• They have tested positive for coronavirus.
    • They have symptoms of coronavirus, such as a new continuous cough or a high temperature.
    • They are living with someone who has coronavirus symptoms.
    • If they have symptoms of coronavirus, then they must self-isolate for seven days. Those sharing a home with someone who has symptoms, will need to be in self-isolation for 14 days from the day their symptoms first appeared.
    • People caring for household members who are displaying COVID-19 symptoms and have been told to self-isolate, will be entitled to SSP from day one, not day four of their absence period.

    The current guidance says:

    Those who follow advice to stay at home and who cannot work as a result will be eligible for statutory sick pay (SSP), even if they are not themselves sick.

    Employers should use their discretion and respect the medical need to self-isolate in making decisions about sick pay.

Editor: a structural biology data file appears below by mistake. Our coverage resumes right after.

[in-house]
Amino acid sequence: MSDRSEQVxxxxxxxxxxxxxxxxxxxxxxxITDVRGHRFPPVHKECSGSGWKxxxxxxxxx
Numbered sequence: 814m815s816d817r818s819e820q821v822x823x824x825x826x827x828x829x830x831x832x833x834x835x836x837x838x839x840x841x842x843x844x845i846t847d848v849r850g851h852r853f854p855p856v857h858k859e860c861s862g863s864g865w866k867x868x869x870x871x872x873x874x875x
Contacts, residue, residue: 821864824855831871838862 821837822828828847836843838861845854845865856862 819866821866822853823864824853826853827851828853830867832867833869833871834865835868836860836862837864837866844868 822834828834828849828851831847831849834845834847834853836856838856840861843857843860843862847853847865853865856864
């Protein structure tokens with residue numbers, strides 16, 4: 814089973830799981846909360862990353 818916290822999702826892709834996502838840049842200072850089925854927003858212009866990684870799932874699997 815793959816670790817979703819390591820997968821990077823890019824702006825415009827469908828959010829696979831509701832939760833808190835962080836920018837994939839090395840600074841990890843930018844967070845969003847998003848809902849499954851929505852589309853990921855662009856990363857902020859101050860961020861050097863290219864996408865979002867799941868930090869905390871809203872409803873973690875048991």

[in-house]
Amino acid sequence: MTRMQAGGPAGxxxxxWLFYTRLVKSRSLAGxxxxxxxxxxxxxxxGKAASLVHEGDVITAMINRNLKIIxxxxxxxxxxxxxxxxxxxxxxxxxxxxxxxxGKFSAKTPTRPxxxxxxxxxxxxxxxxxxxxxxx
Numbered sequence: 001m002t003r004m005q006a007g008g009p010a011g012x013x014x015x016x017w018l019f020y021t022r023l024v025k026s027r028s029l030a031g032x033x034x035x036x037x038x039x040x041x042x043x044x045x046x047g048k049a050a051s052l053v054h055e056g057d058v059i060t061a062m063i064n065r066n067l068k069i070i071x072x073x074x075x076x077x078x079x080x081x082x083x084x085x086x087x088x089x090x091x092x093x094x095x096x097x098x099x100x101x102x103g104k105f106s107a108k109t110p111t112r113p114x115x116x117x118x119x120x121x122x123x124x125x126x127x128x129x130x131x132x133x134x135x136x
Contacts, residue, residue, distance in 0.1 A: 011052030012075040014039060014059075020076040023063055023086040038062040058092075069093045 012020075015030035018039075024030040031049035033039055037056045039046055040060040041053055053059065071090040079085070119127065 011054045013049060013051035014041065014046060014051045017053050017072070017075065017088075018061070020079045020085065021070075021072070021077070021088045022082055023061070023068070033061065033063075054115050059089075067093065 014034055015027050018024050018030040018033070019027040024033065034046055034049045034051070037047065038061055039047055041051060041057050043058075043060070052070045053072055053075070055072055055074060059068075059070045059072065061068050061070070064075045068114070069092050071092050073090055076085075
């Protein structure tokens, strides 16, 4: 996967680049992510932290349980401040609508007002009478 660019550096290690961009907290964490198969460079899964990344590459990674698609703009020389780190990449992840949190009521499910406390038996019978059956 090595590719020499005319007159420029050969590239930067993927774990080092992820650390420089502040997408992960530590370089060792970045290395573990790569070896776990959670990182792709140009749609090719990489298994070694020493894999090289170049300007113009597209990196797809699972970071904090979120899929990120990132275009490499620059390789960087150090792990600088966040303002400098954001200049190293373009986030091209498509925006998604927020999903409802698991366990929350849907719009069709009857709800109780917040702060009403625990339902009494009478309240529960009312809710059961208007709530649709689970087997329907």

Anyone not eligible to receive sick pay, including those earning less than an average of £118 per week, some of those working in the gig economy, or self-employed people, is able to claim Universal Credit and or contributory Employment and Support Allowance.

    For those on a low income and already claiming Universal Credit, it is designed to automatically adjust depending on people’s earnings or other income. However, if someone needs money urgently they can apply for an advance through the journal.

    It has also been announced that the Government will reimburse small employers with less than 250 employees any SSP they pay to their employees for the first 14 days of sickness.

    6. What if an employee does not want to work because of coronavirus?

    Some people may be worried about catching coronavirus and therefore unwilling or refuse to come into work. If this is the case you should listen carefully to the concerns of your employees. 

    If an employee refuses to work and states that he/she reasonably believes that they are in real danger of catching coronavirus due to not being able to abide by the social distancing requirements, this is highly likely to be deemed an H&S concern. In which case, dismissing them at this time would in all likelihood be treated as an unfair dismissal. Not only will it be an unfair dismissal but also an automatically unfair dismissal, which means compensation is uncapped. The employee would also not need to have qualifying service (2 years') to bring a claim. We would strongly advise listening to the real reason as to why an employee does not want to come to work before making any decision.